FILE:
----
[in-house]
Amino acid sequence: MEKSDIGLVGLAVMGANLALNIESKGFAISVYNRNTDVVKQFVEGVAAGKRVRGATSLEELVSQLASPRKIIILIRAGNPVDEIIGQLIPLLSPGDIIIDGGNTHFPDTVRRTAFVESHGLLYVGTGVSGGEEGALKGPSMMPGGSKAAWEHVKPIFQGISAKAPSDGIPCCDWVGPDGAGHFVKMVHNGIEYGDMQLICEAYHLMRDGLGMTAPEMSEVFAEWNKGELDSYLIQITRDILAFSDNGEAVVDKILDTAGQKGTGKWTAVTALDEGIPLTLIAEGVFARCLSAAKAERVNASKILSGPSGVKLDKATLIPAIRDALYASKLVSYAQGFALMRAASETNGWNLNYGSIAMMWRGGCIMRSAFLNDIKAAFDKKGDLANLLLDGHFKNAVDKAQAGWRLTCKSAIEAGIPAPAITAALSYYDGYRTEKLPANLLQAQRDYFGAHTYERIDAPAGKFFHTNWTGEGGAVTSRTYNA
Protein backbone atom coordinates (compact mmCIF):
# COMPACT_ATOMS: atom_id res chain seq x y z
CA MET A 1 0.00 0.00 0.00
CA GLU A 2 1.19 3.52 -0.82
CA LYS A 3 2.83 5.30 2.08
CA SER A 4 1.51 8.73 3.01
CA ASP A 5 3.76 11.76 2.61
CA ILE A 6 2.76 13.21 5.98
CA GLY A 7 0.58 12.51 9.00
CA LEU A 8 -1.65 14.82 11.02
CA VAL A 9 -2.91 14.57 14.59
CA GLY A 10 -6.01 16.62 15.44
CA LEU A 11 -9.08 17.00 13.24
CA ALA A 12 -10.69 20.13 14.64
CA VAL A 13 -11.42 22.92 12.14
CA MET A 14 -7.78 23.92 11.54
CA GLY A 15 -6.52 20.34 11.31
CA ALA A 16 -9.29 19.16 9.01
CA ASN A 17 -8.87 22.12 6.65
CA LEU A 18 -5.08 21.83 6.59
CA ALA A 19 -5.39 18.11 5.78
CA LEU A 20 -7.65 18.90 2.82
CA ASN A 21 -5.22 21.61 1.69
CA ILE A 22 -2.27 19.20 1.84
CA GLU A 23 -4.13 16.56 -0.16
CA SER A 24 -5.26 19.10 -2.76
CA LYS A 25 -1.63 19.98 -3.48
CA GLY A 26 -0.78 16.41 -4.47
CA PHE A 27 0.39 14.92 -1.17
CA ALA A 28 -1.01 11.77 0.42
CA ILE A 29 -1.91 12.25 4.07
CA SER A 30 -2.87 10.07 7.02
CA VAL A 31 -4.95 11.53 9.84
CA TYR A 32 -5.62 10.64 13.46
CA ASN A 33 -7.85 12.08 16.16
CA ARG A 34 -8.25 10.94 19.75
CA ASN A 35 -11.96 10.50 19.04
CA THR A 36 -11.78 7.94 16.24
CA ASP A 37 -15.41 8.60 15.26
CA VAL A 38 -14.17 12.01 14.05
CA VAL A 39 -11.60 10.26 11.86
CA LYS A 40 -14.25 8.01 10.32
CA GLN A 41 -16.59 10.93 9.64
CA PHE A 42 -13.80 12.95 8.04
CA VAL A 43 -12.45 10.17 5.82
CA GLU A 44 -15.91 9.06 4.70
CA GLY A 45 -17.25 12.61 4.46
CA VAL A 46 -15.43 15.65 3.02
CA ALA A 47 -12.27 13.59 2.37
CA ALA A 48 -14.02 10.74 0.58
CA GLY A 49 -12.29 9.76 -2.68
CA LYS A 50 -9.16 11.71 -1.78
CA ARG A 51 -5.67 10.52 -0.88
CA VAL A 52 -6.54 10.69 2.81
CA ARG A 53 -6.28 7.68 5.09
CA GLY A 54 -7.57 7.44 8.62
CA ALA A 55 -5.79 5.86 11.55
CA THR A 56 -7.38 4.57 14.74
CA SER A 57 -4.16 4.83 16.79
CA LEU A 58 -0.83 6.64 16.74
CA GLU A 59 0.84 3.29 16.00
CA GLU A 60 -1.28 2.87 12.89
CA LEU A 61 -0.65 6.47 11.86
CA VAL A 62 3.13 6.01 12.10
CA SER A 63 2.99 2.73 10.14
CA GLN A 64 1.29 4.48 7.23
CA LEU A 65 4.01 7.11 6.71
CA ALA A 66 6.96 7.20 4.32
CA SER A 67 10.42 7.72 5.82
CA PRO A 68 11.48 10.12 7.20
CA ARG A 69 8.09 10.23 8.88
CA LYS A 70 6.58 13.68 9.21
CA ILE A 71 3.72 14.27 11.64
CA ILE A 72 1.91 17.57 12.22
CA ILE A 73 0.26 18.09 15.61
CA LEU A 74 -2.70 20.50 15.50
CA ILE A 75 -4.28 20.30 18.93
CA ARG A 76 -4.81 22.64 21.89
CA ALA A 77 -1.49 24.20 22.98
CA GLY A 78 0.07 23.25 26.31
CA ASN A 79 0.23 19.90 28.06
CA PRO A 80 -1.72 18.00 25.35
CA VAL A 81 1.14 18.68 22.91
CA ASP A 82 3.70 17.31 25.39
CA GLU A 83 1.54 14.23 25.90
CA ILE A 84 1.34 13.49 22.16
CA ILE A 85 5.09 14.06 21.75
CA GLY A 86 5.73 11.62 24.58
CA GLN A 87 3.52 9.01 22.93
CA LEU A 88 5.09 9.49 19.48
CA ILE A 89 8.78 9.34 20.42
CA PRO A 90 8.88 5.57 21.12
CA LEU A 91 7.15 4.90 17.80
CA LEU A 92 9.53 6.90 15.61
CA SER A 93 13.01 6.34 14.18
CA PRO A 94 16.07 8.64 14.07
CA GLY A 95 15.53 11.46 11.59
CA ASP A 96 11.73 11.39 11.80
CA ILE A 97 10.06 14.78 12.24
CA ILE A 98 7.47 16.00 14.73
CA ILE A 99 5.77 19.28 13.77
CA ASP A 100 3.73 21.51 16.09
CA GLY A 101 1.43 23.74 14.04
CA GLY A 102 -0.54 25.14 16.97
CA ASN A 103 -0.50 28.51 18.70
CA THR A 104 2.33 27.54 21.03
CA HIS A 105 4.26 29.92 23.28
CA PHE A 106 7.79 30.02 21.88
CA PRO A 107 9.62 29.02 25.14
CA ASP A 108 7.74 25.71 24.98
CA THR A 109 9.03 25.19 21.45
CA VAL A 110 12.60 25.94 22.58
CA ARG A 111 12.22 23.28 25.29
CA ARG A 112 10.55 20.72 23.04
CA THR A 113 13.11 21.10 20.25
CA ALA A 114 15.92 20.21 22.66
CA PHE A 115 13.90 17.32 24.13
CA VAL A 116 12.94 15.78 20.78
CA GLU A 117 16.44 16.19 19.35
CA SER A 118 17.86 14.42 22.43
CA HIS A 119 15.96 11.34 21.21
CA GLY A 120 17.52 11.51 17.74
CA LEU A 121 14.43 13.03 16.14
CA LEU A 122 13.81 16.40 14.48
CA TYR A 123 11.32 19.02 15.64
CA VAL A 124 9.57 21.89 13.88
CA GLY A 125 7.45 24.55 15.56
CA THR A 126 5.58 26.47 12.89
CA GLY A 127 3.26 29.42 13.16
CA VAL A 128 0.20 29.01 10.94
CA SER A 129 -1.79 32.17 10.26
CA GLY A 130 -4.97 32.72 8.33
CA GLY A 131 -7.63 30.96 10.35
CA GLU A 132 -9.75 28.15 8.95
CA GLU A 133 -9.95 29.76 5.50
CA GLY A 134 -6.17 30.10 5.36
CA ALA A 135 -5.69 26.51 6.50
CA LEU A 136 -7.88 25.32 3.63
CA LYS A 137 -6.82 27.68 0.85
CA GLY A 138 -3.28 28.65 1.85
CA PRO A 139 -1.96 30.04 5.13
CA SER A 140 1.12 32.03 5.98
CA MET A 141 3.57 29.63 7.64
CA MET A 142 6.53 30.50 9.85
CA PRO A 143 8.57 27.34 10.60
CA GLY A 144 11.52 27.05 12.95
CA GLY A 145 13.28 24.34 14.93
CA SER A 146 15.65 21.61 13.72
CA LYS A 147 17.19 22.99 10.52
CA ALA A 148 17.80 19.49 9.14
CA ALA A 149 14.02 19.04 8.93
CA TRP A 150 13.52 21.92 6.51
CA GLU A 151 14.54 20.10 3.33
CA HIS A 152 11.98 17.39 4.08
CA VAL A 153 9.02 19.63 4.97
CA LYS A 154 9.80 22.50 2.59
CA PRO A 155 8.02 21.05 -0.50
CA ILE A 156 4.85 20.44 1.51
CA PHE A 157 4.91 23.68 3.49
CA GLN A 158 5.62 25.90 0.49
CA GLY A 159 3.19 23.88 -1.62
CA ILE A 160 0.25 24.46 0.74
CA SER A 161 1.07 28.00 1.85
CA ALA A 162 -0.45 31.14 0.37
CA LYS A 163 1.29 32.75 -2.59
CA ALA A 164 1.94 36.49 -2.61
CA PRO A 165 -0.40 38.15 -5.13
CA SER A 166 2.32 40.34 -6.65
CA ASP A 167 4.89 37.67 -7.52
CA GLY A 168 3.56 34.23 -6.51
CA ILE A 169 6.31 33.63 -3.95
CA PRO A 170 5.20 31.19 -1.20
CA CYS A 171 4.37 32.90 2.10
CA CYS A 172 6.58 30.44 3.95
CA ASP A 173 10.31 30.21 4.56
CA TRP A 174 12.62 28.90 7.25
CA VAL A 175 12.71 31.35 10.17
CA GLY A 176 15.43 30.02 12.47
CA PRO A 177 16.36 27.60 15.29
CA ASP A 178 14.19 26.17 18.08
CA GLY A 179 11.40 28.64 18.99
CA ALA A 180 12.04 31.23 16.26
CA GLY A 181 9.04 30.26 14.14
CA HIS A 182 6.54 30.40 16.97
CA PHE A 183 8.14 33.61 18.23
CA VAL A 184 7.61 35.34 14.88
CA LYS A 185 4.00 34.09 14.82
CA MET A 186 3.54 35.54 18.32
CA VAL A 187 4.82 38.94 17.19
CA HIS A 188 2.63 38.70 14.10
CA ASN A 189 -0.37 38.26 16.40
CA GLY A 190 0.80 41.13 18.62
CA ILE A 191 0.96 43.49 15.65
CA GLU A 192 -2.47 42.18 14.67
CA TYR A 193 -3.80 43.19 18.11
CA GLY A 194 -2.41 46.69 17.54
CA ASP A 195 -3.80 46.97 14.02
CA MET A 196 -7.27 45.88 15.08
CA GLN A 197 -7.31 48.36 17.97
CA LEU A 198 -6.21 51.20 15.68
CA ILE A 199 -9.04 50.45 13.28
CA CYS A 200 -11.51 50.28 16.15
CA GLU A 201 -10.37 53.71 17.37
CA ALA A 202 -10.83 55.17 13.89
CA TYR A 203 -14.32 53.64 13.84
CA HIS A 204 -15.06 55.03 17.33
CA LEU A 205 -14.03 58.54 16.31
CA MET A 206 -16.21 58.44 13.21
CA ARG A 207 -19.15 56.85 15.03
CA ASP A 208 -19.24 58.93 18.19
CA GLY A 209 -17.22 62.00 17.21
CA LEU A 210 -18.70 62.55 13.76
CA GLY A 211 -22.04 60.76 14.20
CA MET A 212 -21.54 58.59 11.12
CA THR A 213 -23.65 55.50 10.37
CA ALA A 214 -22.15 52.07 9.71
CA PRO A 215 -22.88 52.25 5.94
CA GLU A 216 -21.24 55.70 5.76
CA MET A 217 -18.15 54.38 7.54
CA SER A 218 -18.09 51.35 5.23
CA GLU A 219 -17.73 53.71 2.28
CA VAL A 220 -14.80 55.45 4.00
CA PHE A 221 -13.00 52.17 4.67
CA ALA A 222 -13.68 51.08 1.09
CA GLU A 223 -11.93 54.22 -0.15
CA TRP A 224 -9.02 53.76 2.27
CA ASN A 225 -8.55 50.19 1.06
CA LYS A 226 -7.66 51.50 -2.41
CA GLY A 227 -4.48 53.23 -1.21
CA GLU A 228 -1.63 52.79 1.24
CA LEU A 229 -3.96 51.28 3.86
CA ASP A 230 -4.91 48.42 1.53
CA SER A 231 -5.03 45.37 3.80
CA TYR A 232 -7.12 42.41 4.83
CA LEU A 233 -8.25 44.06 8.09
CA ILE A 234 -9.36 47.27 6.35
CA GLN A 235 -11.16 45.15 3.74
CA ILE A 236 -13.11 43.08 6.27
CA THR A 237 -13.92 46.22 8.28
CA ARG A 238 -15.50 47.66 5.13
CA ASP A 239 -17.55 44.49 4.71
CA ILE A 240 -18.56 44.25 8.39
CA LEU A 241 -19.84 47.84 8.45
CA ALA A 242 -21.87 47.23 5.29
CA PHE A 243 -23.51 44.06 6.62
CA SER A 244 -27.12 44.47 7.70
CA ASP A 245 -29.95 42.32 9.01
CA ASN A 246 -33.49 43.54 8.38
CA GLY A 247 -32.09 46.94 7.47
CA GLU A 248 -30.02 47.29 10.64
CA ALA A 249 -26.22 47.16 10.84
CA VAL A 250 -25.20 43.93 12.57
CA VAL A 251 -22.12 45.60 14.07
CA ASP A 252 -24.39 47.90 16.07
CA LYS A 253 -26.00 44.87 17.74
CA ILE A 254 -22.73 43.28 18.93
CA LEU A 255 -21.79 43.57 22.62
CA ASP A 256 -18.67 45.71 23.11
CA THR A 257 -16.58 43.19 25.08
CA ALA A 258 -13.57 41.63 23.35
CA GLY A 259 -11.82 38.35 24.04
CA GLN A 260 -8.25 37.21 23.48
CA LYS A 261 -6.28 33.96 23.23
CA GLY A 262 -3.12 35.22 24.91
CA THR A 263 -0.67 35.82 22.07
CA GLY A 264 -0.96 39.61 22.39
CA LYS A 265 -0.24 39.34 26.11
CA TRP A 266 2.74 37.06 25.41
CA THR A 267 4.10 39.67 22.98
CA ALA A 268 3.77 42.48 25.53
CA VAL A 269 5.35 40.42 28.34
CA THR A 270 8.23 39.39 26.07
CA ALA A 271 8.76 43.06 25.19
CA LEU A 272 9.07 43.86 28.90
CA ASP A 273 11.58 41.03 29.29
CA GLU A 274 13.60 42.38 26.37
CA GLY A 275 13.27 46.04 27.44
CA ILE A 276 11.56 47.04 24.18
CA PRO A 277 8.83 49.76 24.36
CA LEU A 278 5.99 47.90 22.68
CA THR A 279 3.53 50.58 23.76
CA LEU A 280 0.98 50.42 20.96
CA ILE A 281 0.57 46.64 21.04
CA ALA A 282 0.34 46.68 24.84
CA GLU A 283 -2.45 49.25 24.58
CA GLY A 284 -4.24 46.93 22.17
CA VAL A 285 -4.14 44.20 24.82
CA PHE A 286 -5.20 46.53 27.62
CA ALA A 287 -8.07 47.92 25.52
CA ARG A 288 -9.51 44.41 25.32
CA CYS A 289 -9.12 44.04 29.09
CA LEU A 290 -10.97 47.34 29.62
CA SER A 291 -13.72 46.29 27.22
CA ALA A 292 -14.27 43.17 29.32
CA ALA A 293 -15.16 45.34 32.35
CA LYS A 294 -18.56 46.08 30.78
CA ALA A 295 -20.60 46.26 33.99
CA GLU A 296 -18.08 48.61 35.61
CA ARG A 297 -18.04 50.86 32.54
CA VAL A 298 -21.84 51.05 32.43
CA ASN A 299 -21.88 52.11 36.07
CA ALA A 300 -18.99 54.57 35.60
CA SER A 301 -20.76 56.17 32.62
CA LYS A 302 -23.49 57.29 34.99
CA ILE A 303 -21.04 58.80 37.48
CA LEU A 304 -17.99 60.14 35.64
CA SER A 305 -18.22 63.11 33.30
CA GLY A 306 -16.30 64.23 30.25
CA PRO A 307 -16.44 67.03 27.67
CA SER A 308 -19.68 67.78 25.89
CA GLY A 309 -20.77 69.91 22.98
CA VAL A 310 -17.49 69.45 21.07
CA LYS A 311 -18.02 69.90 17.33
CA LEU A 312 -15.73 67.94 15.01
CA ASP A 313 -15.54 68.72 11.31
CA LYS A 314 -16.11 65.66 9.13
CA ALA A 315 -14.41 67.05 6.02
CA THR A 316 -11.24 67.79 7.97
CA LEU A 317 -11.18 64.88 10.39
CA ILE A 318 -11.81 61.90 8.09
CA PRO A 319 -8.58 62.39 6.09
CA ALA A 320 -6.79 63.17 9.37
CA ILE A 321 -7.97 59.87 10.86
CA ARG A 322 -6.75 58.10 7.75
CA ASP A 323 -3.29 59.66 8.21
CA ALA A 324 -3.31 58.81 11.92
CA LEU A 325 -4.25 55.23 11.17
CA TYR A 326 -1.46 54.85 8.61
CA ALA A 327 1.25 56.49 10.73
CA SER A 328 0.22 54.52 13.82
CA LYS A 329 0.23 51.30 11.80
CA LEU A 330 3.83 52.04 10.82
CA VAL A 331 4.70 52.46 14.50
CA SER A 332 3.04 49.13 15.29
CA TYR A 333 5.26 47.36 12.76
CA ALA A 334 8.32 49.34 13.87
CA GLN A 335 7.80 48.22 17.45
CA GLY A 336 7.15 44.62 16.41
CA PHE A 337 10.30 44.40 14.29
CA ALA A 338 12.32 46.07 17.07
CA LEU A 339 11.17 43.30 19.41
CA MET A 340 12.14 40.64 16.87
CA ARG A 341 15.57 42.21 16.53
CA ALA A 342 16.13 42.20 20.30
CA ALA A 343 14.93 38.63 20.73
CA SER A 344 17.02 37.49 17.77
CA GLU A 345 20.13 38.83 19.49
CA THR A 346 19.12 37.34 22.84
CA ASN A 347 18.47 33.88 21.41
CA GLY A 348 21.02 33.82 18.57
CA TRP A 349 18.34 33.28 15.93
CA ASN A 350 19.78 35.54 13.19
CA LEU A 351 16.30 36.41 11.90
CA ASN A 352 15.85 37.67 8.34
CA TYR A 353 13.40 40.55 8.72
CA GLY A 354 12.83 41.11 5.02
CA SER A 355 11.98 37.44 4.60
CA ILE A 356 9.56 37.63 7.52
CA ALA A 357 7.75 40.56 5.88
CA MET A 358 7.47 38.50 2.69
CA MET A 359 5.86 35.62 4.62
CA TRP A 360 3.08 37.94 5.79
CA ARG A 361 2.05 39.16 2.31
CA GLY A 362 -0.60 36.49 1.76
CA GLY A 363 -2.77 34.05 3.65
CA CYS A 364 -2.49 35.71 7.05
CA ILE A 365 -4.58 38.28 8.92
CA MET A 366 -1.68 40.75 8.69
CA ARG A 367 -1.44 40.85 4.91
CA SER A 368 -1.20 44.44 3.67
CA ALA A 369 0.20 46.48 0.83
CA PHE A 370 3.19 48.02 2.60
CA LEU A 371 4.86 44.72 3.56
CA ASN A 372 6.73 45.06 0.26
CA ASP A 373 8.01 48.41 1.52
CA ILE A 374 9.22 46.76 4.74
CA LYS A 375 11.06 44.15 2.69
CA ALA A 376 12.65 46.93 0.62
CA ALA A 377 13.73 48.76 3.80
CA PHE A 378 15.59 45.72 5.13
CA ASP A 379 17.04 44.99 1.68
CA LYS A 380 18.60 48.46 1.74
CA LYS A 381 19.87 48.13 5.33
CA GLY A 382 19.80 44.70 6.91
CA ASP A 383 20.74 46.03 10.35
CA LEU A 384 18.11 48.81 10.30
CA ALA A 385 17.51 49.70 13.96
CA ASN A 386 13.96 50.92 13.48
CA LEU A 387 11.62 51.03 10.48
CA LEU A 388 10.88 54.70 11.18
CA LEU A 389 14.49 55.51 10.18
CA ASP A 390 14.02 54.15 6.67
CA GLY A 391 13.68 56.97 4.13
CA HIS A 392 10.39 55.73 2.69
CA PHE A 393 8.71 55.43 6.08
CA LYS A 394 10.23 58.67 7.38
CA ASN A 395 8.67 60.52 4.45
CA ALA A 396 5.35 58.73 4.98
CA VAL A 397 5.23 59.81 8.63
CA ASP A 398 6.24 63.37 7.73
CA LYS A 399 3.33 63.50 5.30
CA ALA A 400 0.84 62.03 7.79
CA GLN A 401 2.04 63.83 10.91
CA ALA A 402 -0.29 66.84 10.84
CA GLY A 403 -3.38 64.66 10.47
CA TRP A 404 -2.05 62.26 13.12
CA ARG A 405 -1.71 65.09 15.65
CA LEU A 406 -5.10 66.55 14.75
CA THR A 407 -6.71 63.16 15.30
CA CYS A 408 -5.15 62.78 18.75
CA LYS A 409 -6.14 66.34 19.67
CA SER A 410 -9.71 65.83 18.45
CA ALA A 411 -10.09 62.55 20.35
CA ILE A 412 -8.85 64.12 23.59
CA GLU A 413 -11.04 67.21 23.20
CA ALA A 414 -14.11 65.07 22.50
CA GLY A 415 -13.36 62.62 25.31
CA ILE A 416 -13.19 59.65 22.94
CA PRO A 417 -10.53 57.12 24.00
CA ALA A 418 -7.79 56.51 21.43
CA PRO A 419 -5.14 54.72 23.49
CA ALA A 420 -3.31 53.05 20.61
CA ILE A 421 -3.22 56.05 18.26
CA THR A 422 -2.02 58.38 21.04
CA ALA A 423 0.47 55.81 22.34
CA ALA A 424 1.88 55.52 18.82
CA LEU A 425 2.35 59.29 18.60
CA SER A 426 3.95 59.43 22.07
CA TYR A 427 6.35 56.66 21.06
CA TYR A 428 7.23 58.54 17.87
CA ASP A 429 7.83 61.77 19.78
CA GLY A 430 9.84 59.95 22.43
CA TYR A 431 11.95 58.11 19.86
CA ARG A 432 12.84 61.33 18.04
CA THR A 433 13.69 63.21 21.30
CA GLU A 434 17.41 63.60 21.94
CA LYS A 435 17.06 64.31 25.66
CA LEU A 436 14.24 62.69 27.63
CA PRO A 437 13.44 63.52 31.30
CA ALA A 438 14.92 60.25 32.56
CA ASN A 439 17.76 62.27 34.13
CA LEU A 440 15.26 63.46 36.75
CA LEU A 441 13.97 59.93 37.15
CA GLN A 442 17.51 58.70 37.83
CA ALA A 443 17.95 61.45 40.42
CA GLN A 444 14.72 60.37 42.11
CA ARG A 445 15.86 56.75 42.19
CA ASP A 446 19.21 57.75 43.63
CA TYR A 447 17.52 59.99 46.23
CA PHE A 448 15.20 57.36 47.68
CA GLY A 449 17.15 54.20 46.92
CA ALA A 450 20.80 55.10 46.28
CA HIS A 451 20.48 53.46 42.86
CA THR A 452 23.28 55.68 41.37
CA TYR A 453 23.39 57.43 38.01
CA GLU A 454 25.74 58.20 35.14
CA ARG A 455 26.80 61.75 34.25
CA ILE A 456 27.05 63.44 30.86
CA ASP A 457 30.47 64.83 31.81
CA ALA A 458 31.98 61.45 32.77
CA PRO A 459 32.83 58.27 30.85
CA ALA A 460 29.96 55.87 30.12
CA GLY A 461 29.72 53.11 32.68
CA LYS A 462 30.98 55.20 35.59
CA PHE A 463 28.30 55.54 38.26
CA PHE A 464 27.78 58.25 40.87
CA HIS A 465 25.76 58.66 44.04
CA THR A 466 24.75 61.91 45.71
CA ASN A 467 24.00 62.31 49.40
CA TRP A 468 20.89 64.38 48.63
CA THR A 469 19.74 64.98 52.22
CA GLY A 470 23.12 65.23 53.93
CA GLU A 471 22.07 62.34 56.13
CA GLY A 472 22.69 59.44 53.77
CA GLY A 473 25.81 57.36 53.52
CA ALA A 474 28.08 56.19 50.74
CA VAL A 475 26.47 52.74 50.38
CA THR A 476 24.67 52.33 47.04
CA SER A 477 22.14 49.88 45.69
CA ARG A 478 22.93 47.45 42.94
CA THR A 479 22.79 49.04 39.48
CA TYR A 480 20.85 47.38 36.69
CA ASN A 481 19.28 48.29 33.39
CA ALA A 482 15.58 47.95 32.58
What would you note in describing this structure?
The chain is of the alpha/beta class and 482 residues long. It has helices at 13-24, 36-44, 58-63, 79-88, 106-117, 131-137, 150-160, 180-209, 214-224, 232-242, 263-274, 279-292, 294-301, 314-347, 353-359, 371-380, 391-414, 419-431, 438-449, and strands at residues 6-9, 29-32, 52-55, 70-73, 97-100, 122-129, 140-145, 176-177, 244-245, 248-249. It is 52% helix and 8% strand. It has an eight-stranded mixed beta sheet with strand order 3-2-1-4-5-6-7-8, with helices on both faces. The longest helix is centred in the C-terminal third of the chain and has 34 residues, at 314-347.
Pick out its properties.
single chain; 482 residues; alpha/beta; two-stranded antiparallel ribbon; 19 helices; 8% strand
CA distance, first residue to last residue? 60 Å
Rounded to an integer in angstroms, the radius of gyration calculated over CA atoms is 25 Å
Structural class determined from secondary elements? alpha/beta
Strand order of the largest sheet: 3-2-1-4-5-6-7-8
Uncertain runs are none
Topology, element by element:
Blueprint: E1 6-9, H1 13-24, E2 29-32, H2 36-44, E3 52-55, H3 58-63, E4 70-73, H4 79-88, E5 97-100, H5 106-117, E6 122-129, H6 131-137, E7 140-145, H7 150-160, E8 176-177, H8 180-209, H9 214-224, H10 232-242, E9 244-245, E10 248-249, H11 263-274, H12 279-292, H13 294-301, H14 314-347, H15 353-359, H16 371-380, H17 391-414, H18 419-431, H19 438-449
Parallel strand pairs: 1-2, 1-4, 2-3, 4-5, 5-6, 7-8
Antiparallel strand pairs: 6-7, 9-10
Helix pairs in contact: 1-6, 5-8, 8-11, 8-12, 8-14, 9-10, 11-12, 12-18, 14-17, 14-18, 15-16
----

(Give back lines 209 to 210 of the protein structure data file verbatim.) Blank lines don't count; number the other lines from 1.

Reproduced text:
CA LEU A 205 -14.03 58.54 16.31
CA MET A 206 -16.21 58.44 13.21